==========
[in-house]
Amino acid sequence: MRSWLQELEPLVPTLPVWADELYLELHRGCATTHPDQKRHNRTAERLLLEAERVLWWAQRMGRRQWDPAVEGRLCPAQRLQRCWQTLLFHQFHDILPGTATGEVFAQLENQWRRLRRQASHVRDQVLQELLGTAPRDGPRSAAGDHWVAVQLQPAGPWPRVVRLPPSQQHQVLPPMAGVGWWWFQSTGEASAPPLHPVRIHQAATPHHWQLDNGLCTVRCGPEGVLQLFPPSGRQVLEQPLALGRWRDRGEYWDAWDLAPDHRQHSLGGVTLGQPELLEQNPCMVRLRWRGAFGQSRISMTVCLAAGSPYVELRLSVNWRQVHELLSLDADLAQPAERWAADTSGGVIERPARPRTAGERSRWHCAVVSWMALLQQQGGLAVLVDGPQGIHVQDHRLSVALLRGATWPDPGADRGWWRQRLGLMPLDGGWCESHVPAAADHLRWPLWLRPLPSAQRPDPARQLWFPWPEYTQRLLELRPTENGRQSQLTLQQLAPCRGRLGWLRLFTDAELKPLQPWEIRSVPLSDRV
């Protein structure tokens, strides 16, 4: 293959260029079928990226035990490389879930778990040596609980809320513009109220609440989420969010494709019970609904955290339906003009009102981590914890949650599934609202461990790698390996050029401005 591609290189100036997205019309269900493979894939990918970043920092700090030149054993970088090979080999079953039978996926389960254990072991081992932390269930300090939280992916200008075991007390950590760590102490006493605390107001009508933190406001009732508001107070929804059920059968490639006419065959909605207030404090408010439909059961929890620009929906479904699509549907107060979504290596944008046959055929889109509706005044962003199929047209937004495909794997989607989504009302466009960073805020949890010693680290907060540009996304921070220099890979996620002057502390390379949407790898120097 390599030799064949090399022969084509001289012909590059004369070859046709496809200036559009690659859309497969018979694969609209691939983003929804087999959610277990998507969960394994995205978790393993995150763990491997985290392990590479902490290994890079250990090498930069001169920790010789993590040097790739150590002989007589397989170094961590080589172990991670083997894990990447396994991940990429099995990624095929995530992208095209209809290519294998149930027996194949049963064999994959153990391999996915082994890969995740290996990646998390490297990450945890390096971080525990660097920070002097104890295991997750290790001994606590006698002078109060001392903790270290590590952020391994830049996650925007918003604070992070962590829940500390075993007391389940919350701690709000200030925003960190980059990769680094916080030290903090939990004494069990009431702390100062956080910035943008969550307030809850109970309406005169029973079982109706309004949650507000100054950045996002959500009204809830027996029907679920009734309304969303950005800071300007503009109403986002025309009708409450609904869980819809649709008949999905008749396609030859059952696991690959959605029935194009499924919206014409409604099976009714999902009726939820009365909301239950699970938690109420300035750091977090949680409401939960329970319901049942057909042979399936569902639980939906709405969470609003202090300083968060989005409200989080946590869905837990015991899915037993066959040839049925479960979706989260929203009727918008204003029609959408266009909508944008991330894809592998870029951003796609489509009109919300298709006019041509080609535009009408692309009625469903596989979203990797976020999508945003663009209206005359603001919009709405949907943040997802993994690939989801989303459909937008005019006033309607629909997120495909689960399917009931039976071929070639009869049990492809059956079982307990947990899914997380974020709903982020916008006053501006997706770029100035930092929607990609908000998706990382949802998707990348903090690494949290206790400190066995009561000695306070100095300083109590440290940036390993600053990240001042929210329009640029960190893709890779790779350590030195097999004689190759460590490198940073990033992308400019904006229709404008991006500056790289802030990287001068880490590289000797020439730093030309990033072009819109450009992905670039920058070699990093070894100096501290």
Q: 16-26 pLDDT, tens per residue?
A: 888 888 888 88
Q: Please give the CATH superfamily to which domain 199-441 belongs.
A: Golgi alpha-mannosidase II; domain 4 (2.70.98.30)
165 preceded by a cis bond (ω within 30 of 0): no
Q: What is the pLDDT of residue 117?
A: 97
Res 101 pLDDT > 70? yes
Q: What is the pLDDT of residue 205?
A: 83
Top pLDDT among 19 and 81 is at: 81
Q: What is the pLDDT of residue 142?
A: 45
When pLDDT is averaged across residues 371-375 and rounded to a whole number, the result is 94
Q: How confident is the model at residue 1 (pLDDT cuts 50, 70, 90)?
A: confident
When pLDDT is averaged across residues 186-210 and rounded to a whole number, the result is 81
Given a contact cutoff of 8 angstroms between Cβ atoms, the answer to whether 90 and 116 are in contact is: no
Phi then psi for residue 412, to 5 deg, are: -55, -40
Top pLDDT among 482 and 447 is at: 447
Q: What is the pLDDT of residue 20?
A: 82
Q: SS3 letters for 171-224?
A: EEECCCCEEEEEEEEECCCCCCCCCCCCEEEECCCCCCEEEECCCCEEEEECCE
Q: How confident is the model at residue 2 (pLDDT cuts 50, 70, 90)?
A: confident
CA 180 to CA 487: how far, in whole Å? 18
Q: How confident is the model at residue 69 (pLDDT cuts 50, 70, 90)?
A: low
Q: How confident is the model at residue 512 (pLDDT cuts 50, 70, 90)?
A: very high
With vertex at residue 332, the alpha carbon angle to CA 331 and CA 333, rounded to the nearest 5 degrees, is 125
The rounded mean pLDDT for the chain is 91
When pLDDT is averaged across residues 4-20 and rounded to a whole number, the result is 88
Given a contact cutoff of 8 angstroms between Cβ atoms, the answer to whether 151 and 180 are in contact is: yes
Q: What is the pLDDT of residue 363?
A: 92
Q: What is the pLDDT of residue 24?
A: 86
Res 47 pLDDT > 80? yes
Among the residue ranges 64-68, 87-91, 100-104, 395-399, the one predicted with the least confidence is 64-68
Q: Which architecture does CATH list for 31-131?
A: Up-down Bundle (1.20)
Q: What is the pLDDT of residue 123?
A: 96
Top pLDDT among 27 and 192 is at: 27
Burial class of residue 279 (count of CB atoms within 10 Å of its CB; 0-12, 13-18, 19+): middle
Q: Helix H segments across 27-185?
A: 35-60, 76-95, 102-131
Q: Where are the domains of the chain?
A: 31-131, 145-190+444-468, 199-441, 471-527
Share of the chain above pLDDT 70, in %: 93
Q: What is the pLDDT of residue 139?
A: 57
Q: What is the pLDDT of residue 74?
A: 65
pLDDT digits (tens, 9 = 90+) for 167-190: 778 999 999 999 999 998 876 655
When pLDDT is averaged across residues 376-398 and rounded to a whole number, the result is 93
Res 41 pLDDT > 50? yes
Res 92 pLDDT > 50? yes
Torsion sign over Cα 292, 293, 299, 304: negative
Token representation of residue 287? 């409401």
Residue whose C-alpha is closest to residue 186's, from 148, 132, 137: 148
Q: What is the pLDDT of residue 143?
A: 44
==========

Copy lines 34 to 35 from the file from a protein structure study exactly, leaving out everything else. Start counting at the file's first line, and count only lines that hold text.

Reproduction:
A: very high
With vertex at residue 332, the alpha carbon angle to CA 331 and CA 333, rounded to the nearest 5 degrees, is 125